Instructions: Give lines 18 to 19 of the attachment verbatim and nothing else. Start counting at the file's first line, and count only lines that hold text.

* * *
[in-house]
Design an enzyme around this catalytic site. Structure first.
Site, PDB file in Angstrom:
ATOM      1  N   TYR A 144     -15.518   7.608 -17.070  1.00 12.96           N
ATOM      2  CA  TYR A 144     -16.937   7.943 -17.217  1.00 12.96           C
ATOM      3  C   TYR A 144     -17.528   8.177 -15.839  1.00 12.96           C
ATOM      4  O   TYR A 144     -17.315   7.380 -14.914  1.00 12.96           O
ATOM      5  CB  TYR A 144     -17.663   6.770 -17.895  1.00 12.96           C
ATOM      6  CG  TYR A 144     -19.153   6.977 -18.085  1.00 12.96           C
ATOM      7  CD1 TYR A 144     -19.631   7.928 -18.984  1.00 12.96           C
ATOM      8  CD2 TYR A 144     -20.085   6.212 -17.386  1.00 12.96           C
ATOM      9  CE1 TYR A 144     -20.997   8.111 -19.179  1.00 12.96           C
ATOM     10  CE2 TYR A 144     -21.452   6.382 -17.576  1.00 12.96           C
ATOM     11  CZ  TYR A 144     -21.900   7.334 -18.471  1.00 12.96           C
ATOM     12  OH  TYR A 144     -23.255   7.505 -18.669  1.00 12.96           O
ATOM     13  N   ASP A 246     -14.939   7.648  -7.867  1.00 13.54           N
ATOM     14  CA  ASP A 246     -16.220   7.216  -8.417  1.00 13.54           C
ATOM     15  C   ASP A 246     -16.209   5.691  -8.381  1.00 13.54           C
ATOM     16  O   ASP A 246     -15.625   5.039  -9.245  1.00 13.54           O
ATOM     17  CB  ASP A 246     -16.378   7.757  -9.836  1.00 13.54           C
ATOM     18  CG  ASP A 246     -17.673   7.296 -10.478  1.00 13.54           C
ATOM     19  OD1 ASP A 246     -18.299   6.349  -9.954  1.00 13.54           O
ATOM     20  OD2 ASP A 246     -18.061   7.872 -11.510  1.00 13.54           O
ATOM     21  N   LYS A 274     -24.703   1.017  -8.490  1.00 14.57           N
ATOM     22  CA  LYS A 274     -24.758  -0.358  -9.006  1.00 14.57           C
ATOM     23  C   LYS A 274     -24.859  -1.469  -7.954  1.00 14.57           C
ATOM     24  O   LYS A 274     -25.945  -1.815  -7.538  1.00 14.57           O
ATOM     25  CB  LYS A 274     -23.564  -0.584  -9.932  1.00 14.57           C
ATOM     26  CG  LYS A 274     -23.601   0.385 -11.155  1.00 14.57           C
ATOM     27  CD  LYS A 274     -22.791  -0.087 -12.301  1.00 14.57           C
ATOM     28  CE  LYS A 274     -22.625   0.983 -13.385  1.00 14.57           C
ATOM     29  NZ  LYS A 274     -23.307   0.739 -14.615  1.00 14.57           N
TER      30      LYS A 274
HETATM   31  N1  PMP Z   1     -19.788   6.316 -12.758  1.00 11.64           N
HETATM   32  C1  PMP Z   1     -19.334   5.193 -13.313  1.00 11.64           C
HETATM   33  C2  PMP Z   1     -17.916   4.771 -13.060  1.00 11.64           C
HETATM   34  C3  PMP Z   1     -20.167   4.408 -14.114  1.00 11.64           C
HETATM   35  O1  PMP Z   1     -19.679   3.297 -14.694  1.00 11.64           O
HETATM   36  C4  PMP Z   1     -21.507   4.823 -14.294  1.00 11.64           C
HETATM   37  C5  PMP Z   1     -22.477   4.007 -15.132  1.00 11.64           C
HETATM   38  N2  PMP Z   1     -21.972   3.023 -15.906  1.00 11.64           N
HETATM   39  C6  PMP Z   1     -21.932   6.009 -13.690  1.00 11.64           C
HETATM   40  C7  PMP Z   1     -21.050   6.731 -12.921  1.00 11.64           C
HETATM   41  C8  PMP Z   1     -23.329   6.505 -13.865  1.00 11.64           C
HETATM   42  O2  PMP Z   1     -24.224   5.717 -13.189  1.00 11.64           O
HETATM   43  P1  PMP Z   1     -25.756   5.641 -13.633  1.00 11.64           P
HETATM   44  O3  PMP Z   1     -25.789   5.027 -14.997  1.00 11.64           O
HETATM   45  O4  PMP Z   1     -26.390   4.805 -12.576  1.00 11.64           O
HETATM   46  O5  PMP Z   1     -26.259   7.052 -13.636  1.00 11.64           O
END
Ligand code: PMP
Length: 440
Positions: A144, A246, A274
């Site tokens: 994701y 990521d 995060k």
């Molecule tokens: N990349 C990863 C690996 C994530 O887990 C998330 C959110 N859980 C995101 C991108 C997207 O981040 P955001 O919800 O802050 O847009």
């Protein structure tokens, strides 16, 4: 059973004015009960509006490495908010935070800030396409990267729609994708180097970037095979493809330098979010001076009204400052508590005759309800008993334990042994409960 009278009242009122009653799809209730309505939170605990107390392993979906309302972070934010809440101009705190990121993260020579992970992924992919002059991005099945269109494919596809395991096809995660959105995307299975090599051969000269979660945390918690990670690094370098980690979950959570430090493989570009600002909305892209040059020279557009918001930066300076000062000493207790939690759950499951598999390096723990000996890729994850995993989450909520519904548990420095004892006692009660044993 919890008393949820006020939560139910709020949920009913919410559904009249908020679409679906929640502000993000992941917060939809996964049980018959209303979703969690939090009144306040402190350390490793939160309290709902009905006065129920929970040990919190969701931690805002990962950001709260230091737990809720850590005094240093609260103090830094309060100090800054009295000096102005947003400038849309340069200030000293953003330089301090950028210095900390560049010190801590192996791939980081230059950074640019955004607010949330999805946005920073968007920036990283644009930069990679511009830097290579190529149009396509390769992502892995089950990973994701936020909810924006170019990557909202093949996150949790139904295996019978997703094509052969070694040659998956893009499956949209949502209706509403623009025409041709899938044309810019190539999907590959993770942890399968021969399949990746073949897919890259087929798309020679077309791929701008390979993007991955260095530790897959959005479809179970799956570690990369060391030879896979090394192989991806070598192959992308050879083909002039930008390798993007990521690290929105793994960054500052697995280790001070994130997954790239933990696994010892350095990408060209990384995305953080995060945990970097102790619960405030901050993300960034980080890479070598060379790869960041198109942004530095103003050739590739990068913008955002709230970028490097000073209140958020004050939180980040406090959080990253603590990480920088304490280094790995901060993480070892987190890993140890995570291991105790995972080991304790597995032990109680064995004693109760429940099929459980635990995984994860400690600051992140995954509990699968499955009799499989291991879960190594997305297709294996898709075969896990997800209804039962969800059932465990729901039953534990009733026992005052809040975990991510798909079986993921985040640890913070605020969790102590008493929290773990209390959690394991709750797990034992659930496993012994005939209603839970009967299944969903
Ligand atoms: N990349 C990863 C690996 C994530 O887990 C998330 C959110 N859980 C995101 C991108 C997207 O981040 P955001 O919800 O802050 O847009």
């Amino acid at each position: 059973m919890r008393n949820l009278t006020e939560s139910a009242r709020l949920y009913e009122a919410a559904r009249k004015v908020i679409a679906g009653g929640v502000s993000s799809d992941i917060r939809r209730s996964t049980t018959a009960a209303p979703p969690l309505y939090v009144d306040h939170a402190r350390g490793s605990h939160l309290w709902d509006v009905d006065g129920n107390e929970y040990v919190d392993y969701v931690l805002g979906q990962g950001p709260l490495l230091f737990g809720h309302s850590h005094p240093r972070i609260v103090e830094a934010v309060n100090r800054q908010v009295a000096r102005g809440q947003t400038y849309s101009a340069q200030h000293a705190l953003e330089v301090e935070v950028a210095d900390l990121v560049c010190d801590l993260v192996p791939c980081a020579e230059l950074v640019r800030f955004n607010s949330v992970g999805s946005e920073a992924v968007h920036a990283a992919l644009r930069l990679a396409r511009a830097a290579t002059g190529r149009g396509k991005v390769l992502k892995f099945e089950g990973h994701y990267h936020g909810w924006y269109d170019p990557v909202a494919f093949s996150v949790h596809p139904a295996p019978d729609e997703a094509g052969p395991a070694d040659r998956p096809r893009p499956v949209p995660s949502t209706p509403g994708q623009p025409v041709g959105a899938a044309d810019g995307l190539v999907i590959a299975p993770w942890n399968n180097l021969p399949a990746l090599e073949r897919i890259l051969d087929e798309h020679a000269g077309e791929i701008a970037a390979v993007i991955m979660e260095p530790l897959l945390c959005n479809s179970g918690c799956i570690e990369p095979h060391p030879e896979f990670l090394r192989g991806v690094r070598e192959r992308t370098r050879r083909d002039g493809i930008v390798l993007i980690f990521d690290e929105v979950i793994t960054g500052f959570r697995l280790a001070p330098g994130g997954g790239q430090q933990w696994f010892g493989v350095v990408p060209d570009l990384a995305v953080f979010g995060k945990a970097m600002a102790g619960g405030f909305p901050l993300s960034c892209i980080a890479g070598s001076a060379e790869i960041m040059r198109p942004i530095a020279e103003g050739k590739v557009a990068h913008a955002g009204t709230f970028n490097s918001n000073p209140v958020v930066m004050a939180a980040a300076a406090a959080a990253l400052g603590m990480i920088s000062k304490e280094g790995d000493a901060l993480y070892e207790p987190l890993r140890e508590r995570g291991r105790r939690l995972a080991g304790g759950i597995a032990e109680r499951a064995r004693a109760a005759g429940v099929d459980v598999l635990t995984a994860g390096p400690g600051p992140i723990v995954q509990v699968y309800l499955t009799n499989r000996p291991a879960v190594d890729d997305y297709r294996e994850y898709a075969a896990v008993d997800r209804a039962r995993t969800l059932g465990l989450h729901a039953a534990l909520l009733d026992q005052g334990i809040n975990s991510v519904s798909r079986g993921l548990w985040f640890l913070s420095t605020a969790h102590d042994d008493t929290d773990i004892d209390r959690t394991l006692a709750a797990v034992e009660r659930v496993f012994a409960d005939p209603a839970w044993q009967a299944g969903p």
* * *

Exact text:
ATOM     15  C   ASP A 246     -16.209   5.691  -8.381  1.00 13.54           C
ATOM     16  O   ASP A 246     -15.625   5.039  -9.245  1.00 13.54           O